Early Christian preachers faced the great task of interpreting the crucifixion as resulting from Jesus' faithfulness rather than as a shameful defeat, what Paul calls "the scandal of the cross." The resurrection message certainly aided that task, but things did not stop there. Contrary to conventional values, Paul argues that God's power is demonstrated in "weak" and "foolish" things rather than in conventional power. He also maintains that the crucifixion and resurrection establishes a mystical bond between Christ and his followers, so that the crucifixion empowers believers to transcend sin and death. Revelation uses the cross to reinterpret divine power: where folks hope for the Lion of Judah, God rules through the Lamb that was slain (5:1-13).

In what ways does your understanding of Jesus' life and death impact the Christian's Easter experience?

I've never been able to make sense of Jesus' death as paying some sort of penalty for human sin. Instead, I see what Paul calls "the faithfulness of Christ," as Jesus lives out his vision to the point of confronting the religious and political powers of his day. I do have a high Christology. I believe that Jesus' death resulted from his faithful life, and I believe that in Jesus' death God has taken the fullness of human suffering and cruelty into God's own being. The resurrection, then, demonstrates God's blessing of Jesus' way and God's power over the forces of death. Our Lenten and Easter journey invites us to experience this reality in a way that is honest, self-critical, and hopeful.

The message of Jesus' faithfulness and God's vindication not only gives us hope beyond death, it empowers us to live Jesus' way right now. A full gospel proclamation must maintain this continuity among Jesus' life, death, and resurrection.

Now that Sinners has been reviewed, what would you change about the book?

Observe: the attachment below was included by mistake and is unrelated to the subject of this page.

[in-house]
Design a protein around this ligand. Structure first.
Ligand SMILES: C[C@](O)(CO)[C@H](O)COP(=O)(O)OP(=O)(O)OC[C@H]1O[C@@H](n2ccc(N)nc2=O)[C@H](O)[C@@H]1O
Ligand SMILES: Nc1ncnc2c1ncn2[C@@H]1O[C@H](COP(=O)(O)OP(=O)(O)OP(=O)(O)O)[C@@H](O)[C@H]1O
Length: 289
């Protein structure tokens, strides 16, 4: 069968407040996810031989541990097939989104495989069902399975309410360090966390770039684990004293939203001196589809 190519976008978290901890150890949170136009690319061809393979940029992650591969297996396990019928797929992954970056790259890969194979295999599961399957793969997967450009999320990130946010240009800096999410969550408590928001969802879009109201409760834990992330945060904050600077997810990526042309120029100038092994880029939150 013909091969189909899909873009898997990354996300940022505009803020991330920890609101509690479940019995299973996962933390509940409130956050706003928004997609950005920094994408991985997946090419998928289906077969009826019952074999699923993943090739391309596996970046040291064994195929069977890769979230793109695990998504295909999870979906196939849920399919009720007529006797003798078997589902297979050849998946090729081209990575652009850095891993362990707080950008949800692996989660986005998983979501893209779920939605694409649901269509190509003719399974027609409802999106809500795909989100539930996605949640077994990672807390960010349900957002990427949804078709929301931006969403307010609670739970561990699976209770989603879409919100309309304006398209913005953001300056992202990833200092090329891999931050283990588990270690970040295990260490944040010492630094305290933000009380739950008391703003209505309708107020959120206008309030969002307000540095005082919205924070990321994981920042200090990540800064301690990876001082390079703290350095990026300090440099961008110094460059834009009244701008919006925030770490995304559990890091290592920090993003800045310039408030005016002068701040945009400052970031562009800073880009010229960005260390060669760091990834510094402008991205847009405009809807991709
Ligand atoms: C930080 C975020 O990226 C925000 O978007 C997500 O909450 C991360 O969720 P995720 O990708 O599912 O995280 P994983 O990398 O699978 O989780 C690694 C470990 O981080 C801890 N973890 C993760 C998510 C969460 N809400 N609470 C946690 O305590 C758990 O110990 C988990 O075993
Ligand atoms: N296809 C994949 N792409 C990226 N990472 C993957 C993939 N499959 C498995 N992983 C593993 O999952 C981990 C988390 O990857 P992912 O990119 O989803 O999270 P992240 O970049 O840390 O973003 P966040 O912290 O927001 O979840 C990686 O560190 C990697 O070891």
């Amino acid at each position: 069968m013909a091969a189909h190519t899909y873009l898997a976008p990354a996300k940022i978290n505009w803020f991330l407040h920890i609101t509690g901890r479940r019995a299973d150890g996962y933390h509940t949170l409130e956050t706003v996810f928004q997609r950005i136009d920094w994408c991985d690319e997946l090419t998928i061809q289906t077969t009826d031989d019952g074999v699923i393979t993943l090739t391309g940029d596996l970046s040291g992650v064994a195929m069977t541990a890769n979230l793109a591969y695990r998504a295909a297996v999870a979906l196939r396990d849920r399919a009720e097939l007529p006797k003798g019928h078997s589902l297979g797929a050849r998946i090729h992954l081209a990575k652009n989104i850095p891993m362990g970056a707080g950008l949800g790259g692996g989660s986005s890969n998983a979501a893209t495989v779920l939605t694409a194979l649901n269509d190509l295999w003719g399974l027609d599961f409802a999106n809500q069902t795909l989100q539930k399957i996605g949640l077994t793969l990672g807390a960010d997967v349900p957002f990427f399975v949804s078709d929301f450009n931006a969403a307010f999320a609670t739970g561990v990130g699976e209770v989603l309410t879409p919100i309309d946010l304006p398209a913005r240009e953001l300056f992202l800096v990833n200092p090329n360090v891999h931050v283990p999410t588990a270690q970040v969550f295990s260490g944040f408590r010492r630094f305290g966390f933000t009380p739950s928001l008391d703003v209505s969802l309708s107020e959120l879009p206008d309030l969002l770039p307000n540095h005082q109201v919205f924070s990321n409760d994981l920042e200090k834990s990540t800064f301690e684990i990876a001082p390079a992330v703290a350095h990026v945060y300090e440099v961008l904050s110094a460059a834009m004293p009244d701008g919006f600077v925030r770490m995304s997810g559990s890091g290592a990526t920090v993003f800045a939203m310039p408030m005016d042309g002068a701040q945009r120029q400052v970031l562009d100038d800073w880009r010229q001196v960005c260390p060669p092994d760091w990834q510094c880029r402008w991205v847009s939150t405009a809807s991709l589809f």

Aside of some minor oversights, I wish I had spent more time on one point. I maintain that the Gospels never describe Jesus as rebuking an individual sinner. He has harsh words for righteous people, but not for sinners. I still believe that, but some reviewers have rightly said this point needs more argumentation. For example, there's no doubt that the famous story of the woman caught in adultery is a later addition to John's Gospel (7:53-8:11), but I breeze by that story fairly briefly. And I never discuss John 5:14, in which Jesus tells a man he had healed, "Sin no more, lest something worse happen to you."

I think Jesus' companionship with sinners offers a vital clue for contemporary mission. We Christians waste our time chiding people for their moral failings, when we should be doing what Jesus did—meeting people where they are and bearing blessing and healing. In fact, a second look at the Gospels reveals that very often Jesus does not set the agenda—it's the people who come to him, even when he's trying to get some privacy. What would our mission look like if it were a response to people rather than the imposition of an agenda?

Greg Carey is Professor of New Testament at Lancaster Theological Seminary in Lancaster, Pennsylvania. Greg has taught at Lancaster Seminary since 1999 and taught previously at Rhodes College and Winthrop University. His publications include numerous studies on the book of Revelation and ancient apocalyptic literature, rhetorical analysis of the New Testament, and Sinners: Jesus and His Earliest Followers.

Greg serves as chair of the Rhetoric and the New Testament Section of the Society of Biblical Literature and as co-chair for the Apocalyptic Literature Section of the Society of Biblical Literature International Meeting. Greg serves on the editorial boards of The Journal of Bible and Human Transformation and Out In Scripture, an LGBT-friendly lectionary resource. Greg has also appeared in documentaries on the BBC, Discovery Channel, and National Geographic Channel.

Return to the Patheos Book Club to read an excerpt of Sinners, as well as more reviews and reflections from bloggers, pastors and scholars.